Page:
- The Washington Times - Thursday, June 22, 2000

Metro is investigating whether faulty tunnel construction, a design flaw or sabotage caused a steel door to fall onto the subway tracks, where it was struck by a train and sparked a fire that sent three passengers to the hospital Tuesday night.

"That's something we are looking at … the design and construction of that section," said Metro spokesman Ray Feldmann. "That's what our investigation is focusing on."

Mr. Feldmann said the incident is abnormal and rare, adding that investigators are also looking at possible sabotage. But there is no preliminary evidence indicating someone vandalized the door, he added.

The steel door and the frame that holds it are recessed into the tunnel's concrete wall to prevent them from obstructing or falling onto the tracks. The door somehow worked itself loose from the wall of the tunnel on the Green Line

"We check those doors regularly," a Metro worker said. "They are very heavy doors. I can't believe that happened. Someone probably didn't install it correctly."

The worker said it is unlikely that the door and its frame could have deteriorated in the seven years the tunnel has been in use.

Mr. Feldmann said Metro also has begun a comprehensive survey of the conditions of its subway lines and its equipment to determine if there are other problems that could affect the safety of passengers and employees.

"We are planning to identify and prioritize maintenance of our infrastructure and facility. We want to go out and fix things that need to be fixed before they become a problem to our system," he said.

Tuesday's Metro fire the eighth reported this month occurred about 9 p.m. on the inbound tracks of the Green Line between the College Park and the Prince George's Plaza stations.

The steel door and frame, which were located in the underground tunnel about 2,000 feet south of the College Park station, fell onto the tracks. A four-car train with 27 passengers struck the door and frame, which became entangled in the wheels of the train's second car.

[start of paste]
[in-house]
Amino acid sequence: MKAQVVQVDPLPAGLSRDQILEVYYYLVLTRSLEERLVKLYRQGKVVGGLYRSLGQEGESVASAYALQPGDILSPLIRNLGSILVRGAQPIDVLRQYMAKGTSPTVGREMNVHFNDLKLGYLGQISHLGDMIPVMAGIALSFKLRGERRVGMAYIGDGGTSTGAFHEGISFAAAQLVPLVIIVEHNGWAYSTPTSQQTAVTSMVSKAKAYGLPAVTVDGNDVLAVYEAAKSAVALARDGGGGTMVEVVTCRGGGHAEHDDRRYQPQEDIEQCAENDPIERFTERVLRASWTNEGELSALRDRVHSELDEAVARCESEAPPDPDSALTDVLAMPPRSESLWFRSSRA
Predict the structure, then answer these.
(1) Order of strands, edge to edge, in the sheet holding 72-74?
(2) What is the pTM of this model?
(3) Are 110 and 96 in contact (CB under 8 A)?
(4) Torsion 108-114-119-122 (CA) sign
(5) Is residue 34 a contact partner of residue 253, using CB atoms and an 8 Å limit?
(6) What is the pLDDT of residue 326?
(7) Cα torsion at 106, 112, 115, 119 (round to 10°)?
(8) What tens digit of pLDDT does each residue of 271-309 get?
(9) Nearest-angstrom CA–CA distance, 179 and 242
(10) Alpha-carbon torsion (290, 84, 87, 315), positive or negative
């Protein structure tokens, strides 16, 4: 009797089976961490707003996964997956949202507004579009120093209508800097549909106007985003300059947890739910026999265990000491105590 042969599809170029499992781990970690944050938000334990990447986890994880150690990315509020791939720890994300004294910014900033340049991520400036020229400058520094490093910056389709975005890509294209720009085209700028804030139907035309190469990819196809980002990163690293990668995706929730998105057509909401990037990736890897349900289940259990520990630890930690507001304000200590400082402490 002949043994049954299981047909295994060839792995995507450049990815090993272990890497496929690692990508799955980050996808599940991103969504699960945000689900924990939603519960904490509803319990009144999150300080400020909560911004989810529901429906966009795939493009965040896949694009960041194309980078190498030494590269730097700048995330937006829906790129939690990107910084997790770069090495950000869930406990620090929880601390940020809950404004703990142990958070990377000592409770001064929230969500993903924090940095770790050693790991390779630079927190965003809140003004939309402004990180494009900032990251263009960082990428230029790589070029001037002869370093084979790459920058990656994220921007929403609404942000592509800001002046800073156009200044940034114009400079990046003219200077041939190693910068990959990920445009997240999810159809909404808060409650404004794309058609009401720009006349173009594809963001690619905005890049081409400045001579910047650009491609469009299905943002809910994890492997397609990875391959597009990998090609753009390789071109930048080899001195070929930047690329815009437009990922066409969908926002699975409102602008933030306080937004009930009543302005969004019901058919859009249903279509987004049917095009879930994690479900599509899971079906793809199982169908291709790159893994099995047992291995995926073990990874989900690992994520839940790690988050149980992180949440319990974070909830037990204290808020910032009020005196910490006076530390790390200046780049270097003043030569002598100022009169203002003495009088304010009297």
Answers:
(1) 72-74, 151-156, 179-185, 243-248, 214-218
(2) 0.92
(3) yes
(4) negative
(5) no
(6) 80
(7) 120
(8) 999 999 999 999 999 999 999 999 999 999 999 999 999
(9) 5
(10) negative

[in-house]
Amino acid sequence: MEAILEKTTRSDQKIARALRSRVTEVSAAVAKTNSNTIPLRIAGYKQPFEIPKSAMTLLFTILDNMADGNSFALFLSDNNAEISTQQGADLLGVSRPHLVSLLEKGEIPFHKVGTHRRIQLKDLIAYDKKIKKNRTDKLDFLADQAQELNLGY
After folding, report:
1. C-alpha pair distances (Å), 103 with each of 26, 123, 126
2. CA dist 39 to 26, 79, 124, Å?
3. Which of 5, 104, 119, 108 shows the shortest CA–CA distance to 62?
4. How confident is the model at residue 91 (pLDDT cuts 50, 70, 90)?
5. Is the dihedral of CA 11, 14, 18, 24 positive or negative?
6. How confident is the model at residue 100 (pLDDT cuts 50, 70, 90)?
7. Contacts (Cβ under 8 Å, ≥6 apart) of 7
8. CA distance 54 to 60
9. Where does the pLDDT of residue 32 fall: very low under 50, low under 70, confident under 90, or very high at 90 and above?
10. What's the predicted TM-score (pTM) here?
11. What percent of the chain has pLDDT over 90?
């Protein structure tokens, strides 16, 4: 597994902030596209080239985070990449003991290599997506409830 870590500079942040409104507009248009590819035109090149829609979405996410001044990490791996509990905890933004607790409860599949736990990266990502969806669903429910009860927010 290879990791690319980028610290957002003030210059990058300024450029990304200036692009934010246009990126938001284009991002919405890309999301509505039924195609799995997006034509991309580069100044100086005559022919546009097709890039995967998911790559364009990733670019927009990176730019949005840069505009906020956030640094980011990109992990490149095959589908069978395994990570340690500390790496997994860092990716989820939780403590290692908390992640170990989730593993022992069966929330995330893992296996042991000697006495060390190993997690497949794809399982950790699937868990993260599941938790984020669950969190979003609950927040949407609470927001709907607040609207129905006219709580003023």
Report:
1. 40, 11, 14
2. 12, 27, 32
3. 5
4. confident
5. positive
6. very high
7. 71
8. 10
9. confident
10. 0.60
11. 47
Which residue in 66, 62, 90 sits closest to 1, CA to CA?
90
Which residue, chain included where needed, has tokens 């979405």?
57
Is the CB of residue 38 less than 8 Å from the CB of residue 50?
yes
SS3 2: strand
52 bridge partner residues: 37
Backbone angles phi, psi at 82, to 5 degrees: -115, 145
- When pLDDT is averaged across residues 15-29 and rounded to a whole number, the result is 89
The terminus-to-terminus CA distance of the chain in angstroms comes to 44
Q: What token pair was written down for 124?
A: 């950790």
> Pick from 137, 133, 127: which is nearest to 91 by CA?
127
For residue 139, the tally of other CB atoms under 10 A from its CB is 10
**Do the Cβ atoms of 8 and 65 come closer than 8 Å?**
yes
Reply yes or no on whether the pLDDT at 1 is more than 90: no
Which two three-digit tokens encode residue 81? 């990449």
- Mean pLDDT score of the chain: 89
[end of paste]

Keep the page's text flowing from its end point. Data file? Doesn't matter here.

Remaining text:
"When the train made contact with the door, the fire was generated and damaged the undercarriage," Mr. Feldmann said. "The fire was quickly extinguished. It produced some smoke that made it into the train."

Three passengers were taken to Prince George's Hospital Center for treatment of smoke inhalation; a fourth was treated at the scene.

Mr. Feldmann said the passengers had to wait about an hour before a second train was brought to the parallel track so passengers could be evacuated. He said it took until about 11 p.m. for all the passengers to be removed and dropped off at the Greenbelt Metrorail station.

The Prince George's County Fire Department was dispatched to fight the fire but by the time they arrived, a Metro employee had extinguished the blaze.

The Green Line fire is the first involving passenger injuries in a rash of incidents that have beset the transit authority since Metro supervisors directed a passenger-filled train into a smoky tunnel near the Foggy Bottom station on April 20.

Customers have expressed concern for their safety and ire over delays.

"Metro's always been convenient for me," said John Thomas of Columbia, Md. "It's given me a second thought about riding. Overall, it's left me with some concerns."

"I used to live in New York so this is nothing," said D.C. resident Brian Bonnar. "It has gotten worse, though. The level of service has definitely been interrupted by the stoppage, and I've been affected by those."

Mr. Bonnar said he had been delayed several times coming home from work.

"It's just annoyed me because it's been causing delays all over," said Thomas Coleman, a College Park resident and frequent Metro rider. "I ride from [College Park] to Woodley Park and it seems like there are delays every other day."

• Jennifer Surface and Derek Simmonsen contributed to this report.

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